Nearly 100 Toronto pharmacies will receive limited supplies of the AstraZeneca vaccine today, just four days ahead of their expiry.

Individuals who received their first dose of the vaccine between March 10 and March 19 were made eligible to receive an early second dose on Tuesday as the province scrambled to use up 31,000 doses that are set to expire on May 31.

The problem is that the delivery of the vaccine to most pharmacies has been delayed due to a quality assurance process that has been put in place to ensure the vials didn’t spoil while sitting in refrigerators at pharmacies across Ontario over the last two weeks.

On Thursday morning, a spokesperson for the Ministry of Health confirmed that 4,500 doses have already went through the quality control process and were delivered to Toronto pharmacies this morning. The spokesperson said that another 12,000 doses are expected to be delivered sometime today. A total of 13,000 doses are still undergoing the quality assurance process and their exact delivery date remains unclear.

“When Health Canada asked us to put a pause on distributing the AstraZeneca, it meant that those doses were in pharmacies all across Ontario. Because we are offering the shortened dose only in three regions, Kingston, Windsor and Toronto, what it meant is we had to have those doses redistributed and confirmed that they were still of the highest quality so that we could offer them to people,” Solicitor General Sylvia Jones told CP24. “The majority have been distributed, but there is a confirmation that is happening right now to make sure that the remaining AstraZeneca that does need to be distributed is of the highest quality. When that happens, that will be immediately distributed as soon as possible.”

The Ford government needed to move up second doses for a small cohort of people after temporarily pausing the use of AstraZeneca due to concerns over a risk of rare but potentially fatal blood clots.

The rollout has been turbulent with many people taking to social media to complain about a lack of clarity about how to get an appointment and others saying that they were unable to book appointments after calling upwards of a dozen pharmacies.

Speaking with CP24, Jones said that the remaining does of AstraZeneca still undergoing the quality assurance process are likely to be shipped to pharmacies by tomorrow.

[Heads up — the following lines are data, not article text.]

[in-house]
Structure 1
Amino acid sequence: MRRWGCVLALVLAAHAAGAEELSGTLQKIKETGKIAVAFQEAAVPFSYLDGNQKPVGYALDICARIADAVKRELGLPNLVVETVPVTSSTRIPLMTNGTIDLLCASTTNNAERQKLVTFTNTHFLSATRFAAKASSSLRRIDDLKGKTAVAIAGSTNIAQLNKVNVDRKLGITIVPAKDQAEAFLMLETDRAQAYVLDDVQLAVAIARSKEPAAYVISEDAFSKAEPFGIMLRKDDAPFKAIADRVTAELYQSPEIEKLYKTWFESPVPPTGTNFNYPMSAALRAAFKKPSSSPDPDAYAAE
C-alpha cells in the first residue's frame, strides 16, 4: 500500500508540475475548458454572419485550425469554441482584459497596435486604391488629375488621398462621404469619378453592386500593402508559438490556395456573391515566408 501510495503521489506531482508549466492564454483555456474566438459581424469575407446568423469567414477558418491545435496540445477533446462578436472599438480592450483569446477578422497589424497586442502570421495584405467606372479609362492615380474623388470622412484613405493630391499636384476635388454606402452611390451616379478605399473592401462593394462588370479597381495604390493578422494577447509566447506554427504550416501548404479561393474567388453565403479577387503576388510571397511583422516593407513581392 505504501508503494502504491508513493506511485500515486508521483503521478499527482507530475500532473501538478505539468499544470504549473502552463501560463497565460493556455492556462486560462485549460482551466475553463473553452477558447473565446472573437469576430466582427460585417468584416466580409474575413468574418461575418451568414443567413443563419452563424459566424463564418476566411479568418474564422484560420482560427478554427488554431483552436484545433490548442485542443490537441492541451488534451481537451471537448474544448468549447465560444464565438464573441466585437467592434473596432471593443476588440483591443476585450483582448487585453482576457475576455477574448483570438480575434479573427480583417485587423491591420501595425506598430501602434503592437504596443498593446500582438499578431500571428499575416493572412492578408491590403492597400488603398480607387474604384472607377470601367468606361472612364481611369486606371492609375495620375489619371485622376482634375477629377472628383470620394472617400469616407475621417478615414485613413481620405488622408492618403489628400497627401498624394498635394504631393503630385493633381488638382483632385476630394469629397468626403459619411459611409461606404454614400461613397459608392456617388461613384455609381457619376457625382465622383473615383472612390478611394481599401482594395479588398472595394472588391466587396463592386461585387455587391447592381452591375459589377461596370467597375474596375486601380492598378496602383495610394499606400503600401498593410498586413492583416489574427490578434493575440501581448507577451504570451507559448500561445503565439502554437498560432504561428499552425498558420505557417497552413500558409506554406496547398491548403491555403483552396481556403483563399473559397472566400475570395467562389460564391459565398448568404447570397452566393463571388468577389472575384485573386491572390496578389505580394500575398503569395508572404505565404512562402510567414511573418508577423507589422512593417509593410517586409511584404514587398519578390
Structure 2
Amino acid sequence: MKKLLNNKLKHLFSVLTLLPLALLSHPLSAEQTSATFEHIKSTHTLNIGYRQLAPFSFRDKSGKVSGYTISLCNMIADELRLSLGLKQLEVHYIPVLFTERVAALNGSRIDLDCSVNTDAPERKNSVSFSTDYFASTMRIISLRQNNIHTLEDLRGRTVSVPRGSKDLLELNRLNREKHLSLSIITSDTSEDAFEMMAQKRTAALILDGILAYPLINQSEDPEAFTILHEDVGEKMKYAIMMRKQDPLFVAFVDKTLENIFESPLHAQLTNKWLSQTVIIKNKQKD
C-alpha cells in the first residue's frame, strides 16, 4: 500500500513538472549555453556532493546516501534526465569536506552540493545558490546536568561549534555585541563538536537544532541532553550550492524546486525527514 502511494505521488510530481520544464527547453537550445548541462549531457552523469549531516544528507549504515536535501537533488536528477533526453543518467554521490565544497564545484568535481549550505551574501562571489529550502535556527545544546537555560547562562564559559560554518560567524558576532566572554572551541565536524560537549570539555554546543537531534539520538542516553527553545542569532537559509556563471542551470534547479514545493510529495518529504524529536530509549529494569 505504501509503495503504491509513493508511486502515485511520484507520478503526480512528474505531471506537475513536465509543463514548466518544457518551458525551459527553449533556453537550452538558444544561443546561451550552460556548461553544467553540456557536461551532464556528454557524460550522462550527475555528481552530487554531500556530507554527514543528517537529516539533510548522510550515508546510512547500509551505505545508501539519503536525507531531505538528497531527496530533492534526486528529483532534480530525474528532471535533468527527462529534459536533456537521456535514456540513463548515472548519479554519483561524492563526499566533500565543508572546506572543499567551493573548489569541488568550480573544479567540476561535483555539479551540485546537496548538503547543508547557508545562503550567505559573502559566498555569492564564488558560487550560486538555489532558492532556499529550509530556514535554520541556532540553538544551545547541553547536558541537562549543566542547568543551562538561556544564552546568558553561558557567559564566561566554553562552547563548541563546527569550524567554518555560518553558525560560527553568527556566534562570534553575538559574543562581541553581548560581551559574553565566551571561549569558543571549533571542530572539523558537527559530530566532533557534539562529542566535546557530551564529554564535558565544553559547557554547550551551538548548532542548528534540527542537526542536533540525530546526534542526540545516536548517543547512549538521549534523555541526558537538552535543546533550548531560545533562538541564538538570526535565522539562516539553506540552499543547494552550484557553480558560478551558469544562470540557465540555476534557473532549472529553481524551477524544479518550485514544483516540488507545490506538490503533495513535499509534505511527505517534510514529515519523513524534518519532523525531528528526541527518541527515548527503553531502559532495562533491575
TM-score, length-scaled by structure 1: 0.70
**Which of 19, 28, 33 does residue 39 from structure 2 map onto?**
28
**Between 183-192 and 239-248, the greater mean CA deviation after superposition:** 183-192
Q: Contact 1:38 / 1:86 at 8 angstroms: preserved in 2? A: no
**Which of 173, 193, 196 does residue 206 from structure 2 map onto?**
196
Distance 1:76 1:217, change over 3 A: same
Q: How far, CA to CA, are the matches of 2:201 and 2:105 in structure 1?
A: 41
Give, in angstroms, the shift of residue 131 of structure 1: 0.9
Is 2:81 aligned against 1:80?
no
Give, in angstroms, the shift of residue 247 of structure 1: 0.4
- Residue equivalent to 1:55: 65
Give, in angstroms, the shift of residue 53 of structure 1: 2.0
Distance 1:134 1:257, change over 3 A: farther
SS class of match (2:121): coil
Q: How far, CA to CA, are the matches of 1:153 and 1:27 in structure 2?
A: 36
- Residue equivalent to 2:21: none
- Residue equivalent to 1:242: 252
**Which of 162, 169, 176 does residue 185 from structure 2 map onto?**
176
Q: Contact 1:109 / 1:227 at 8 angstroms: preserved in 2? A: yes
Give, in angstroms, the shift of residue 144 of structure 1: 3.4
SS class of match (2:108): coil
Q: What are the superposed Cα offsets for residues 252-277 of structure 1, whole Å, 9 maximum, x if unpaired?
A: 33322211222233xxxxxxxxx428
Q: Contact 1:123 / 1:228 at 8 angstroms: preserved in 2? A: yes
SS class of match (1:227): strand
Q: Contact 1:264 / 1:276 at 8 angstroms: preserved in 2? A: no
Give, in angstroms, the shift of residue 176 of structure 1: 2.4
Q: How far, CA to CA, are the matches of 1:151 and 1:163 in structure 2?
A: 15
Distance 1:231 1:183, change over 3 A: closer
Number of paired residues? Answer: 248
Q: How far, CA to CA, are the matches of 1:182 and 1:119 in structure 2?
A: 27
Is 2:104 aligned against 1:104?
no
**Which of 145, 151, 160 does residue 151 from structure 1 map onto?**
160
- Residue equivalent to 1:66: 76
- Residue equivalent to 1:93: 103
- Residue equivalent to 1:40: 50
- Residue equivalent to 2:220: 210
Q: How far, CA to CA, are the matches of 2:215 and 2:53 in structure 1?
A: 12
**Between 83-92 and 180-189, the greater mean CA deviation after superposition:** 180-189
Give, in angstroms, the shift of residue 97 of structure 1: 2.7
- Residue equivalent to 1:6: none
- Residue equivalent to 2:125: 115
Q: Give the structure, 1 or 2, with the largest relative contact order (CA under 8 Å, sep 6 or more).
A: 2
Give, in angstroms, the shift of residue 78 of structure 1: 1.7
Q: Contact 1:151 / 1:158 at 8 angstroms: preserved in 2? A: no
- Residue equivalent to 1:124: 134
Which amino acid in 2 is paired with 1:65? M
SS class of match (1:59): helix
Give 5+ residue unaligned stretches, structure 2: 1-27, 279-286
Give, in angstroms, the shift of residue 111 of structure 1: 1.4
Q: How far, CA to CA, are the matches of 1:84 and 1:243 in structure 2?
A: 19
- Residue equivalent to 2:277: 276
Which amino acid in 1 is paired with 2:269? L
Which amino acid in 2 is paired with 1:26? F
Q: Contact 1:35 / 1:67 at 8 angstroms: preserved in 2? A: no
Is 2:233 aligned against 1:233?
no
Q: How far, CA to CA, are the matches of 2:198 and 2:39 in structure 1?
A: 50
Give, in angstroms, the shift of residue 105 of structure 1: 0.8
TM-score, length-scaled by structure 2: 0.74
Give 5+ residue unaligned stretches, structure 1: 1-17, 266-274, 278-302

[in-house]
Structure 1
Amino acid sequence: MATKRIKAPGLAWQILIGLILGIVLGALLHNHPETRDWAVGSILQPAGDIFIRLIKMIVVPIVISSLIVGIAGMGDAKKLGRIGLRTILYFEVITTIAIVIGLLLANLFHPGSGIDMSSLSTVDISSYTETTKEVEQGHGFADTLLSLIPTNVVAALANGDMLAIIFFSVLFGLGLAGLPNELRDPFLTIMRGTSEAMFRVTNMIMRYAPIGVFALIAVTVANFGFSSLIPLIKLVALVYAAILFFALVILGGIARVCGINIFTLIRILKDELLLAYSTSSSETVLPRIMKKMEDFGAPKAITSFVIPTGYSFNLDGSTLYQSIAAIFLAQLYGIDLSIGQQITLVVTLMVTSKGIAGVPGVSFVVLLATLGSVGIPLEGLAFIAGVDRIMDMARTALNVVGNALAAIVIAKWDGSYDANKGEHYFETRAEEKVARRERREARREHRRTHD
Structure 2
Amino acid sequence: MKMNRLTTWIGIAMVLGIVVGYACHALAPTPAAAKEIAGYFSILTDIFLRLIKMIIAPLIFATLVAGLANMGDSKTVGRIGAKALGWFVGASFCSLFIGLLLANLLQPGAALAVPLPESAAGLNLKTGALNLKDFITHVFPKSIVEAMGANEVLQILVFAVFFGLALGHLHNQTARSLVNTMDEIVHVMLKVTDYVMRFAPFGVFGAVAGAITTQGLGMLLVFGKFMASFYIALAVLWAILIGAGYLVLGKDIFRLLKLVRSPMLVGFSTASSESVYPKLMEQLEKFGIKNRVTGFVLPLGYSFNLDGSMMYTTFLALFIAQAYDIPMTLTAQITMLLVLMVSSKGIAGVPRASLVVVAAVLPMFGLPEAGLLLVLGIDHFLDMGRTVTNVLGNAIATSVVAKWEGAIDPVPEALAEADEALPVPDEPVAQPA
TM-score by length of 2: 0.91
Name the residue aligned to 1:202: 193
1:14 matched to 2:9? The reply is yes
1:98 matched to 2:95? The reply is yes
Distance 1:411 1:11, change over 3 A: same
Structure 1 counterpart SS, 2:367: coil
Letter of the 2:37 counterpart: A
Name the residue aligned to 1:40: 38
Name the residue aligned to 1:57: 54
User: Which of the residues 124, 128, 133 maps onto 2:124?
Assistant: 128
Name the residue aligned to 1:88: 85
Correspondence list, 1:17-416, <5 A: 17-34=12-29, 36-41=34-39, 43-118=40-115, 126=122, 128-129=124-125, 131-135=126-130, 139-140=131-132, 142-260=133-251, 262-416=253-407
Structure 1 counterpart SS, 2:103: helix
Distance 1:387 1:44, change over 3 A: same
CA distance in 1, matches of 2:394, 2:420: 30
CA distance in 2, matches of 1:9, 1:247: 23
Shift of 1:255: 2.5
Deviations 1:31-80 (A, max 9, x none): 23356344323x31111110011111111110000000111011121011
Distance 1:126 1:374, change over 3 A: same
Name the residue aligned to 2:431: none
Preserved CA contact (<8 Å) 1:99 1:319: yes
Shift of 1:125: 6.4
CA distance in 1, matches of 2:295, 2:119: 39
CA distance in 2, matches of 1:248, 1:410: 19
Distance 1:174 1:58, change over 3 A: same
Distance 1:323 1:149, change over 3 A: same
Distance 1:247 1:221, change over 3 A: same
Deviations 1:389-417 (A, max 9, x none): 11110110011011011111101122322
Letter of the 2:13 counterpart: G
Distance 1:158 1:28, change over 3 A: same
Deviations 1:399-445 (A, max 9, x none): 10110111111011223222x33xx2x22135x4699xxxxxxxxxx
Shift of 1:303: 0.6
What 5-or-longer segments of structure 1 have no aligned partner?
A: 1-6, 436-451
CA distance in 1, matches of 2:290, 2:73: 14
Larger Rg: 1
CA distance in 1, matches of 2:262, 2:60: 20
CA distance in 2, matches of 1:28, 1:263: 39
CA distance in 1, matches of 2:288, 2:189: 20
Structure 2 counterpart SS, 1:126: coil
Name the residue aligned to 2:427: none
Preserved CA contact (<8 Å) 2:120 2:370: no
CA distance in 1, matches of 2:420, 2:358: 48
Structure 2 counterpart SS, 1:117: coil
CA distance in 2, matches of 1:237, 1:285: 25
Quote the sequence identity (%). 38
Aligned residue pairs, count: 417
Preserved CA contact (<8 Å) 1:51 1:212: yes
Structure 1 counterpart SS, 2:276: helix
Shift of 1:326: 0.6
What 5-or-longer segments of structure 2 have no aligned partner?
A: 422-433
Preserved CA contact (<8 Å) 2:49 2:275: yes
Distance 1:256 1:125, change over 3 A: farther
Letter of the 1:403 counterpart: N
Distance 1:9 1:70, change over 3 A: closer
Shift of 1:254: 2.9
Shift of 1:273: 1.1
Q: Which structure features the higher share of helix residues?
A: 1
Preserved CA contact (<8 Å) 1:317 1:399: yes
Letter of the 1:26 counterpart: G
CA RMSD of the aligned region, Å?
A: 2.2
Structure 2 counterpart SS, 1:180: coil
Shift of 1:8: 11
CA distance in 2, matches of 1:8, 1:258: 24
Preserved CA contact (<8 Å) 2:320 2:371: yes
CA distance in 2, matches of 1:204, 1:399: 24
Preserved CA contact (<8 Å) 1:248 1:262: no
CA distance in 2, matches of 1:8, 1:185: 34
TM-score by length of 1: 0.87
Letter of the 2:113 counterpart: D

Pharmacists, however, are expressing concerns that the delays could lead to some doses expiring before they can be used.

“Our pharmacists are in a very awkward position because they've got lots of people coming in and they're asking about booking appointments and getting the vaccine, which is completely understandable. However, they have no information to provide the people, and they don't know when they're going to get these vaccines,” Ontario Pharmacists Association CEO Justin Bates told CP24 during an interview on Thursday morning. “They can't plan resources appropriately in terms of bringing in extra staff to help and they're going to have to really move mountains to be able to get these vaccines in arms between now and Monday. It's only four days.”

The spokesperson for the Ministry of Health said that the quality assurance process is standard procedure and is necessary “to ensure maximum safety and efficacy of every single dose.”

But Bates said that the province needs to “ move quicker” and put more resources behind it as some pharmacies are “running out of runway” to get shots in arms.

“Pharmacists across the province, particularly in Toronto are going to do everything they can to accommodate people and to make this work because we have a shared objective of not wasting any doses,” he said Thursday. “You know I can't guarantee that doses won’t be wasted based on the timelines but we are committed to doing this very quickly. We are going to mobilize and we'll get the shots in arms.”

The Ontario government has said that it expects to receive another 254,000 doses of the AstraZeneca vaccine in about two weeks’ time.

It has not yet indicated who will be eligible to receive those vaccines.